Tag Archives: Performance

Undercutting – Using SCRUM sprints to strategically beat the competition as pit stops do in F1


Good luck Max Verstappen (twitter:@Max33Verstappen) on getting podium places at USA and Mexico after the great achievements of Malaysia and Japan!

As said before, the pit stops improved. By incorporating all developments in technology as well as fine-tuning the roles within the team the pit stops were made as efficient as possible “difficult to beat 1.9 seconds”.  All in all, pit stops contributed the most when used strategically to win races; that means that based on the efficiency level attained on a perfectly synchronized process with flawless collaboration of the team, the squads gained an advantage of 26 seconds over the opponents. 

Without going into the overall strategy, rest assured that making the team work efficiently is not a mere milestone, it is constant practice and sharp focus from all involved members including the crucial factor of trust. As Michael Schumacher said – “When you start out in a team, you have to get the teamwork going and then you get something back.”

In that sense, at Uniface our teams have reached the level of efficiency which allows us to release our software on many platforms and for two different versions of the product every scrum sprint (every 2 weeks). We can still improve and we keep on doing that as KAIZEN are part of our DNA nowadays. And the biggest achievement we see is, as in F1, being able to apply that predictable process to the overall strategy.


Let me go back to what happened at the F1 with the pit stop, once the team had mastered the level of efficiency, the squad decided to think out of the box and not concentrate only on the pit stop but on the overall performance of the race. At Uniface, we are aligning the business with IT to look at the overall strategy, although we still improve our SCRUM ceremonies. We think that the areas where we will gain the most are vision, strategy, roadmap, backlog management and overall in open two-way communication. I’ll keep you updated with the progress on this fascinating project. Remember, undercutting is the art of knowing when the competitor will stop or come back to the race so that you can intentionally beat him or her by planning your own pit stop accordingly.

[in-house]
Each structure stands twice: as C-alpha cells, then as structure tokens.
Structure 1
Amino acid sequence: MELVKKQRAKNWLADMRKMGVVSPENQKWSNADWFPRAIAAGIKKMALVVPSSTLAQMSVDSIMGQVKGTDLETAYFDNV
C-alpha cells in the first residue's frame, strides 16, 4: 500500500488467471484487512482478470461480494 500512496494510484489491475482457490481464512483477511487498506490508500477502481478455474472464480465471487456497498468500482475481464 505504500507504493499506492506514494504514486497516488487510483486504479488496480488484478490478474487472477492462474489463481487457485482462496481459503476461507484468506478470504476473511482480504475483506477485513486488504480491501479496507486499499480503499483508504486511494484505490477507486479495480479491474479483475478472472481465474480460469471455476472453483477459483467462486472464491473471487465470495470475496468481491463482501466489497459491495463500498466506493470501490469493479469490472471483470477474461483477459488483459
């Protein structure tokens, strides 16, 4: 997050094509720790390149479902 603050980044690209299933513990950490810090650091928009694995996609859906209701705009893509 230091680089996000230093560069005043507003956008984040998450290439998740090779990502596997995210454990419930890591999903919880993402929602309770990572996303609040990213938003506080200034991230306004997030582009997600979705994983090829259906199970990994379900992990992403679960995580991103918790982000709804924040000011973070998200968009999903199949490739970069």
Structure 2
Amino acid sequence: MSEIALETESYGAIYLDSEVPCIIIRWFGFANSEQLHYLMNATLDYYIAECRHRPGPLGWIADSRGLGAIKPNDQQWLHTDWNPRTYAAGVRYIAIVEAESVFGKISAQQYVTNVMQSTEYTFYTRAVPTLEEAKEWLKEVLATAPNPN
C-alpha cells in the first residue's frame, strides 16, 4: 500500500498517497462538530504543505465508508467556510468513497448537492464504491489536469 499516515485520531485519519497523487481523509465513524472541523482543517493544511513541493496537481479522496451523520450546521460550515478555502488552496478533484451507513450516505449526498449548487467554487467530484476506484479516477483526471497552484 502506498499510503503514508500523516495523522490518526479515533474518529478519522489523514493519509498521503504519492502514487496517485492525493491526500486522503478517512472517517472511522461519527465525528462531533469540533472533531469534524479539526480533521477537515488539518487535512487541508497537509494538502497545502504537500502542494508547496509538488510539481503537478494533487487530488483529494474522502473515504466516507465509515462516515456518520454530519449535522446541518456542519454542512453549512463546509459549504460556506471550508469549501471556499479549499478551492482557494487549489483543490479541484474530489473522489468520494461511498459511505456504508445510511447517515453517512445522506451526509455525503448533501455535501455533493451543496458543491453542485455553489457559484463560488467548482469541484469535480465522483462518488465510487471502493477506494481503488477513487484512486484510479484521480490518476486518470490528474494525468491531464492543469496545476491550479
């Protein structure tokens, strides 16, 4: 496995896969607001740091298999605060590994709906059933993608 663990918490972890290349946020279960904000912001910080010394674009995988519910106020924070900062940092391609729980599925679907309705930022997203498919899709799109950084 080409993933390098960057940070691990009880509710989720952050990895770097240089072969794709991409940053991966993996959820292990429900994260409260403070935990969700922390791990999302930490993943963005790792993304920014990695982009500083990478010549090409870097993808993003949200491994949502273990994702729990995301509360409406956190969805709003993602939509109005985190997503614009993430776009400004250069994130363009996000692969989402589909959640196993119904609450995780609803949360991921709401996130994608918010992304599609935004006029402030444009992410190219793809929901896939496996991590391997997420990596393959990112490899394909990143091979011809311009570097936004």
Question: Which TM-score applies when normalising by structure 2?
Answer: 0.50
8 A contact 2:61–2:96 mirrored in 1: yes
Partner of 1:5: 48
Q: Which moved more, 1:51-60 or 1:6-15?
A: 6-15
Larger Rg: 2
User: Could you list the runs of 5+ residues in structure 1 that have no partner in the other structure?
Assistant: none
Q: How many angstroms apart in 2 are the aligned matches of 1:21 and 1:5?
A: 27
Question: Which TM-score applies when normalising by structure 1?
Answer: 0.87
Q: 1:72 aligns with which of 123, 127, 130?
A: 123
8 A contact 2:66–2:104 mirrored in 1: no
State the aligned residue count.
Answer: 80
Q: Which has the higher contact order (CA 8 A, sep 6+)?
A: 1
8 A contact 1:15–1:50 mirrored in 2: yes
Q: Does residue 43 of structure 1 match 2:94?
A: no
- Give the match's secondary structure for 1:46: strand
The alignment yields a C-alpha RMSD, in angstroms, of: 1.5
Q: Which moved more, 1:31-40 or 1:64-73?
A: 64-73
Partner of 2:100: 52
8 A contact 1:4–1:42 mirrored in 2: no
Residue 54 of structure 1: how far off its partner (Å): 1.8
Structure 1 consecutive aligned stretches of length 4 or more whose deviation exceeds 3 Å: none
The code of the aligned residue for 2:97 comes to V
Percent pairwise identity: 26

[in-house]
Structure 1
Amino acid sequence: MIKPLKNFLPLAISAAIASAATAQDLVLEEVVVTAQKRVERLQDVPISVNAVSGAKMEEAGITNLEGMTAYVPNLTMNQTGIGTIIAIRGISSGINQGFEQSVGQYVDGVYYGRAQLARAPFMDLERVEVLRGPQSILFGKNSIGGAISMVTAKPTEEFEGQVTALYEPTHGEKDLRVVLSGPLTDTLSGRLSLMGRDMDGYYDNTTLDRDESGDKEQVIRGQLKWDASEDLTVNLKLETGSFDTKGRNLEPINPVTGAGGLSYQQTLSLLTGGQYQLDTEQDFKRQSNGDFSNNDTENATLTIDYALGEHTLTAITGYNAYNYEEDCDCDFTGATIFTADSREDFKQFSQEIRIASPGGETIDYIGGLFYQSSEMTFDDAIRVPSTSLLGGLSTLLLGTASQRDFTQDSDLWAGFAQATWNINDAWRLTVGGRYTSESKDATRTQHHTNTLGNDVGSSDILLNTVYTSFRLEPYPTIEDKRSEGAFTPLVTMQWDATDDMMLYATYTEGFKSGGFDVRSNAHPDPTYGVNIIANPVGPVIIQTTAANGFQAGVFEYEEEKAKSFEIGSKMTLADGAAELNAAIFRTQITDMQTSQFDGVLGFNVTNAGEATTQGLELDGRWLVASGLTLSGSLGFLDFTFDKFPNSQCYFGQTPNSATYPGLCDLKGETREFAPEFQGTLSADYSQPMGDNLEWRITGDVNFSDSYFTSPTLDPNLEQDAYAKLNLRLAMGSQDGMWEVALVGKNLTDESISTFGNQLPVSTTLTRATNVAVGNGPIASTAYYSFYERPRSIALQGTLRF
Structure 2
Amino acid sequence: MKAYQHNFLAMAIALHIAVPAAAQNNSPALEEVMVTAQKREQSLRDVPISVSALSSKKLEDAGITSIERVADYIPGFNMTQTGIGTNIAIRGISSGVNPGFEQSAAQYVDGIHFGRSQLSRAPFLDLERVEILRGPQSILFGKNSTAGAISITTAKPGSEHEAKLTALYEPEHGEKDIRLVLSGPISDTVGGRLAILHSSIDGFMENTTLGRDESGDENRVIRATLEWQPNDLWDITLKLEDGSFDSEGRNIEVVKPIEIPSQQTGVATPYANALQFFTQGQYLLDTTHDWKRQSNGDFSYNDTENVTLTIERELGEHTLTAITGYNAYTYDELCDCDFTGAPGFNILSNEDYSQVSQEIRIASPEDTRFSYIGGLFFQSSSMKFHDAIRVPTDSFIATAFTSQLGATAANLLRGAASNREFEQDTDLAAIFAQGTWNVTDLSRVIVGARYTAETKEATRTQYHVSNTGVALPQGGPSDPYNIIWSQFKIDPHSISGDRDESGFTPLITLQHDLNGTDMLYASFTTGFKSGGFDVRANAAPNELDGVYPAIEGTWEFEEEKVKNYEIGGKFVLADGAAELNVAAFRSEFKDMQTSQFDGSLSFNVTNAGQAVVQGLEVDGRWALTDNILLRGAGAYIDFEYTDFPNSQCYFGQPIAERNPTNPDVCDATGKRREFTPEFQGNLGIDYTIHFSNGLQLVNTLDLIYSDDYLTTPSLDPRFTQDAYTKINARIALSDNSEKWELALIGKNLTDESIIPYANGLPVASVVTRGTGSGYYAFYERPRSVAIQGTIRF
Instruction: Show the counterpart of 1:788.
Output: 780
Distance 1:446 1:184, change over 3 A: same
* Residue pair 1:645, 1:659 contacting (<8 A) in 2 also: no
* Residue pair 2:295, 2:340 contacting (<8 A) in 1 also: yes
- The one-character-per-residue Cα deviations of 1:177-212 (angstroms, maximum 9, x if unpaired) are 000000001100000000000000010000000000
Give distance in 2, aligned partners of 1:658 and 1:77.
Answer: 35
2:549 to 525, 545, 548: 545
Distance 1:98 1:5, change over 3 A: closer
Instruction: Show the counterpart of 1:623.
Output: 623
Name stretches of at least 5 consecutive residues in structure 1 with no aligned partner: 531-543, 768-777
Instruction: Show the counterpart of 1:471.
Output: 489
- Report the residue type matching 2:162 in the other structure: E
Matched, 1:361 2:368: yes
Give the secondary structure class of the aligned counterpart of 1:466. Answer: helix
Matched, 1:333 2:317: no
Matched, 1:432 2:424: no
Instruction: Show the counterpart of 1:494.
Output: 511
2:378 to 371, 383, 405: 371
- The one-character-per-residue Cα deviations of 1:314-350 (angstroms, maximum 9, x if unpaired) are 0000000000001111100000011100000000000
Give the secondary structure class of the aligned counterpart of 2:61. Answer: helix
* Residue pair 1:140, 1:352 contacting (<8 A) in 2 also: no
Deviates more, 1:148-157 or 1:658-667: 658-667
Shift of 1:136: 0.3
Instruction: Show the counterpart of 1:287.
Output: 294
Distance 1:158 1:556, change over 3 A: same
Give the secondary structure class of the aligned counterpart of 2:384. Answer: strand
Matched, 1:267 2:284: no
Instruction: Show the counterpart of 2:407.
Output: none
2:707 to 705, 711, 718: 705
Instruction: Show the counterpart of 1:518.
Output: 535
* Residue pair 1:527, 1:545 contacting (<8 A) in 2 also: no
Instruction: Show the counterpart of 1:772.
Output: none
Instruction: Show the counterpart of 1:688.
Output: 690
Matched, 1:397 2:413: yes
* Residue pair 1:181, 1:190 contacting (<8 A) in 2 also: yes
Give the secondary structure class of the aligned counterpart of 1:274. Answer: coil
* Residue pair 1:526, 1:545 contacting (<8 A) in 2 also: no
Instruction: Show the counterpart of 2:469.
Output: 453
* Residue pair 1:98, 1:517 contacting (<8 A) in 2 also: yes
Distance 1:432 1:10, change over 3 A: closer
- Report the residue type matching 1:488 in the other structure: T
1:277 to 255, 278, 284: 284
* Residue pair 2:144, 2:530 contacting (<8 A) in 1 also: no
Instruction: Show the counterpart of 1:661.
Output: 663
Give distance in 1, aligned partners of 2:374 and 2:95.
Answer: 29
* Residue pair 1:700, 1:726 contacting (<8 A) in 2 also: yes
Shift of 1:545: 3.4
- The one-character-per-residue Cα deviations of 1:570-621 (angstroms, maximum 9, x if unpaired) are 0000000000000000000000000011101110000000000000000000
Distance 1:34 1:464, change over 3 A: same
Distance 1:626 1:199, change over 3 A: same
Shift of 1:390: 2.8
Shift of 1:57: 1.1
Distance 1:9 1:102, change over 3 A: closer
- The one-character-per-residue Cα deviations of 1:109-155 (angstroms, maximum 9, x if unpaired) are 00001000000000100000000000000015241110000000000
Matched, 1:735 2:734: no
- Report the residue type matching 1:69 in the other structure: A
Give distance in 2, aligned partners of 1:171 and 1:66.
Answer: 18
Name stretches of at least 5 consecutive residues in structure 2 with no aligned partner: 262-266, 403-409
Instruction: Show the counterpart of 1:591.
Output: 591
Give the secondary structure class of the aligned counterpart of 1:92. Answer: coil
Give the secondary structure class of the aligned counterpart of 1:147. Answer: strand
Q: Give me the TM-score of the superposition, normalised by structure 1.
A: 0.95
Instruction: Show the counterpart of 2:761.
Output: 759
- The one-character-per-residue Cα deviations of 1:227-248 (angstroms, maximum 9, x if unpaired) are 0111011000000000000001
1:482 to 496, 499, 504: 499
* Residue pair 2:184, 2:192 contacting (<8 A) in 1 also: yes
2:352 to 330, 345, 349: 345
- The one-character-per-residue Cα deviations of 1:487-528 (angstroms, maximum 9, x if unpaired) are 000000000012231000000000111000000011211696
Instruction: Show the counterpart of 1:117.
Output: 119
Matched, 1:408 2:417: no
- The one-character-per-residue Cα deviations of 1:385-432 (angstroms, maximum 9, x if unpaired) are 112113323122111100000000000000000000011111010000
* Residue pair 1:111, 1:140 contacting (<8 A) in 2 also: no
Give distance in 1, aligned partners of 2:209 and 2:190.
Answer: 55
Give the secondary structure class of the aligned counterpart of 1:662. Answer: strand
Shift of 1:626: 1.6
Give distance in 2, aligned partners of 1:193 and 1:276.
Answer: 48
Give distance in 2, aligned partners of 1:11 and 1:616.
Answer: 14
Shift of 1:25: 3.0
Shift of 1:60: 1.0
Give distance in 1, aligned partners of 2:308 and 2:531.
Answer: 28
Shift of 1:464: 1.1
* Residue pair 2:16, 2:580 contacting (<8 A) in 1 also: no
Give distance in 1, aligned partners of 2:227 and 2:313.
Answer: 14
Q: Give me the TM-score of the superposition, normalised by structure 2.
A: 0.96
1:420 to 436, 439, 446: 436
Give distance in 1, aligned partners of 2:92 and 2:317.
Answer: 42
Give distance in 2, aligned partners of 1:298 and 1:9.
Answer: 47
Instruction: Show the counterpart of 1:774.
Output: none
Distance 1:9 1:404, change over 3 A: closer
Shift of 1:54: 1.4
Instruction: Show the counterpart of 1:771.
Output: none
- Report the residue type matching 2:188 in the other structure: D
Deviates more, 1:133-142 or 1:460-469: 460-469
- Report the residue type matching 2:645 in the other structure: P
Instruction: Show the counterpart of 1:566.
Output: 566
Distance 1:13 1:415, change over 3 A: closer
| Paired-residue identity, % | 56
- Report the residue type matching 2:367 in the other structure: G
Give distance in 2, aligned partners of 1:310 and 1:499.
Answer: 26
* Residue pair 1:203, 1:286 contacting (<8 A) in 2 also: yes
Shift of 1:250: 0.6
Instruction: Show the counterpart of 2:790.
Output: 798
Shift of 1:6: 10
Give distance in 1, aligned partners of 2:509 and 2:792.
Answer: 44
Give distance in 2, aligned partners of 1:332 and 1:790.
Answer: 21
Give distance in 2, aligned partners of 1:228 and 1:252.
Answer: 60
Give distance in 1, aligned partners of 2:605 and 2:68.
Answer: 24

In my opinion, we need to make the most out of the well-performed process of delivering software to use the ever-changing priorities and hit the market with the software our customers/prospects need on time. We come from an 18-month cycle (~78 weeks) to a 2-week cycle to release software, now we need to use that to strategically deliver what helps our customers the most… in a changing world.


Food for thought
The following table is an attempt to compare pit stops and scrum sprints, I know it is not perfect but its intention is to spark thoughts. Let me know what your think about it. Enjoy!

Pit stops Symmetry SCRUM Sprints
Used in Race strategy Goal is to win Used in Delivery strategy
Execution of the pit stop Synchronized perfection Sprint work
Pit crew Highly trained technical members Development team
Team / squad Harmonious collaboration Scrum team

Changing tires


Adjusting car

Tasks mastered by the team Architecture



Delivering stories

Choreography Coordination Swarming
Collaboration Communication Collaboration